Entity-Purchase Agreement

What Is an Entity-Purchase Agreement?

An entity-purchase agreement is a type of business succession plan used by companies with more than one owner. The plan usually involves the company taking out an insurance policy on each partner in an amount equal to the value of their stake. Should an owner die or become incapacitated, the sum collected from the insurance is then used to buy out their share of the business.

When the entity in question is a corporation, an entity-purchase agreement may be referred to as a stock redemption agreement, a corporate purchase agreement, or an entity redemption agreement. In the case of a partnership, the entity-purchase agreement might be called a partnership liquidation plan.

Key Takeaways

  • An entity-purchase agreement is a type of business succession plan used by companies that have more than one owner.
  • Often, the company will take out an insurance policy on each of its partners in an amount equal to the value of each of their stakes.
  • Should one of the owners die or become incapacitated, the proceeds from the insurance policy are then used to buy them out.
  • Some entity-purchase agreements may specify other triggering events, such as retirement, divorce, bankruptcy, or getting fired or convicted of a crime.

Understanding an Entity-Purchase Agreement

An entity-purchase agreement is one form of a buy and sell agreement: a legally binding contract commonly used by sole proprietorships, partnerships, and closed corporations that stipulates how a partner's share of a business may be reassigned if that partner dies or otherwise leaves the business.

In the case of an entity-purchase agreement, each owner must first consent to sell their interest in the business under a specified circumstance. If possible, insurance policies are then taken out on each of them, with the company acting as the beneficiary and paying all the premiums. Should one of the owners die, the company can file a claim and use the payout from this event to buy the deceased individual's share of the business from that person's estate.

Once the contract is signed, there's no getting out of it. An entity-purchase agreement legally obliges the company to buy the deceased person's share of the business from their heirs, as well as obligating the estate to sell it back to the company. That means it is not possible to keep the inherited interest or sell it to another party. The agreement also establishes the price to be paid either based on a fixed amount or a formula.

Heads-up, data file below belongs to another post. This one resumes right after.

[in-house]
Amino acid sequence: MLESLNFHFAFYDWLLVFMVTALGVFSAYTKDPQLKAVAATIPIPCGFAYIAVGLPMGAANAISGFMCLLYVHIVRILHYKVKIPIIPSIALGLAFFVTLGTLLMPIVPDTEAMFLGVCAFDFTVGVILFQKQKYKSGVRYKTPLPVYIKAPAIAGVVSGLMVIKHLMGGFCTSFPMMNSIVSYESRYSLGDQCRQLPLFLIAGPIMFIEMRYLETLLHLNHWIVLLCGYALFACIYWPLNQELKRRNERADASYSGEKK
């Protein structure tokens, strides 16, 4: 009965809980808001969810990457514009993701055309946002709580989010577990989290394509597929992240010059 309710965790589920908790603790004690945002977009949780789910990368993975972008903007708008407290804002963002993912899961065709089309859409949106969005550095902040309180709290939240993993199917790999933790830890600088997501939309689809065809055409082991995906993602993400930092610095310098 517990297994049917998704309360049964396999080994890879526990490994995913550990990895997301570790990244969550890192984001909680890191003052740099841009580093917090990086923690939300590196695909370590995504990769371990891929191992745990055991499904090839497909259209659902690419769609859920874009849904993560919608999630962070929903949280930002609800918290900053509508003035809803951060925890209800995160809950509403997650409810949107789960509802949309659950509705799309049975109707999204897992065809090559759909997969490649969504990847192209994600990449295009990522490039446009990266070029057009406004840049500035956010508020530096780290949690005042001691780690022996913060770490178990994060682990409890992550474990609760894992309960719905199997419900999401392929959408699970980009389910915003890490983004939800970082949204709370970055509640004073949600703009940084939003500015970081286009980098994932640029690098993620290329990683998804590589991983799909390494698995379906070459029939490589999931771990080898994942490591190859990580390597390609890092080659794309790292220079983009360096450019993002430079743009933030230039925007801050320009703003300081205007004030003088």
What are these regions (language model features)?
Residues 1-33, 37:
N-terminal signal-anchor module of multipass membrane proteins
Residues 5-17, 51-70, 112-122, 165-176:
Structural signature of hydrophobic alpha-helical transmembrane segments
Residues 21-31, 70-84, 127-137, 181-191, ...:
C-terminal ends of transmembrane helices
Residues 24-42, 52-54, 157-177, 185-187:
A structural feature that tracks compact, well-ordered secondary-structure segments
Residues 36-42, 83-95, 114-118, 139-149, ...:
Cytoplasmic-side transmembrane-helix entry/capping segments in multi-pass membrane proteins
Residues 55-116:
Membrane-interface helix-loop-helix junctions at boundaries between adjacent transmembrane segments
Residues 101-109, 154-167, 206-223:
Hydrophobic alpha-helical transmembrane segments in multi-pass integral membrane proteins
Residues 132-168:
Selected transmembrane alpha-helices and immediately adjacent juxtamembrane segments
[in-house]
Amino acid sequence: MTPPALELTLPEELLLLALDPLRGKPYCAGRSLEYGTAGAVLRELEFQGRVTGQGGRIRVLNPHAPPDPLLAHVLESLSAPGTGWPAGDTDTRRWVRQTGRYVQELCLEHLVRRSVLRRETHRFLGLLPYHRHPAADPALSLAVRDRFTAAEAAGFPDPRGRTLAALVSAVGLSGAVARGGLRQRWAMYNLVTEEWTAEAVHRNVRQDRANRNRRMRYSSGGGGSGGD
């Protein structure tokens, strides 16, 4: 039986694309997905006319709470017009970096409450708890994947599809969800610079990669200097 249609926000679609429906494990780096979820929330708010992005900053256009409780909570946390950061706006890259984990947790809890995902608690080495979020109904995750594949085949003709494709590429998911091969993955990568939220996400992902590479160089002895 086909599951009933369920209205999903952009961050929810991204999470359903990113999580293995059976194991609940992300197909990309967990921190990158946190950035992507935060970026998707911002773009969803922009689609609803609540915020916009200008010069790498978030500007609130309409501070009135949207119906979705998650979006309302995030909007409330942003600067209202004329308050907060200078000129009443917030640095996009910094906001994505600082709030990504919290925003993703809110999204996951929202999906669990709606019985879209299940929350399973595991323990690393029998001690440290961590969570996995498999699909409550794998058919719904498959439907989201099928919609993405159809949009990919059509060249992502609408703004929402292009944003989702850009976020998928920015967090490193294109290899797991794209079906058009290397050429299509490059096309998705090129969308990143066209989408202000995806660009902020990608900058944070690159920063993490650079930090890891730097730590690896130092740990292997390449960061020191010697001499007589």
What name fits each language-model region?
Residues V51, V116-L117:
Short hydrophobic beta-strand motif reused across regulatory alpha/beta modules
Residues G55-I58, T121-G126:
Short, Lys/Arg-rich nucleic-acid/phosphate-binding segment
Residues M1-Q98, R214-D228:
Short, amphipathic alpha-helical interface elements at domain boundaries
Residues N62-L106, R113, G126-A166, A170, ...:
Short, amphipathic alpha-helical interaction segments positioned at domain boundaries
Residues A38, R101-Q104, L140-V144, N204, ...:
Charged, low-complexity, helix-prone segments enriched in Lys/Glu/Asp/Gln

In successful businesses, additional insurance would be purchased as the value of the company continued to increase.

Death isn’t the only event that can trigger a reassignment of ownership interest. Some entity-purchase agreements may specify other occurrences that qualify, including when an owner has a long-term disability, retires, gets divorced, goes bankrupt, is fired, loses their professional license, or is convicted of a crime. Not all of these scenarios are insurable, meaning that funding for a buyout will sometimes need to be secured in another way.

Entity-Purchase Agreement vs. Cross-Purchase Agreement

The other most common form of a buy and sell agreement is a cross-purchase agreement, though it is not like an entity-purchase agreement, where the business purchases one insurance policy for each owner. Under a cross-purchase agreement, each owner is required to purchase a policy on behalf of every other owner. 

Occasionally, partners might opt for a mix of the two, with some portions available for purchase by individual partners and the remainder bought by the company.

Benefits of an Entity-Purchase Agreement

The advantage of an entity-purchase agreement-based succession plan is that the owners know their respective stakes in the company will be paid out to their estates, and that the business will continue to be run by the other partners, ensuring a smooth transition.

Having this type of succession plan, which is paid for by the company, allows the owners to avoid any out-of-pocket expenses. It also limits the risk of a forced sale of assets and reassures owners that their families will be taken care of in the event of a death or any other unforeseen circumstance.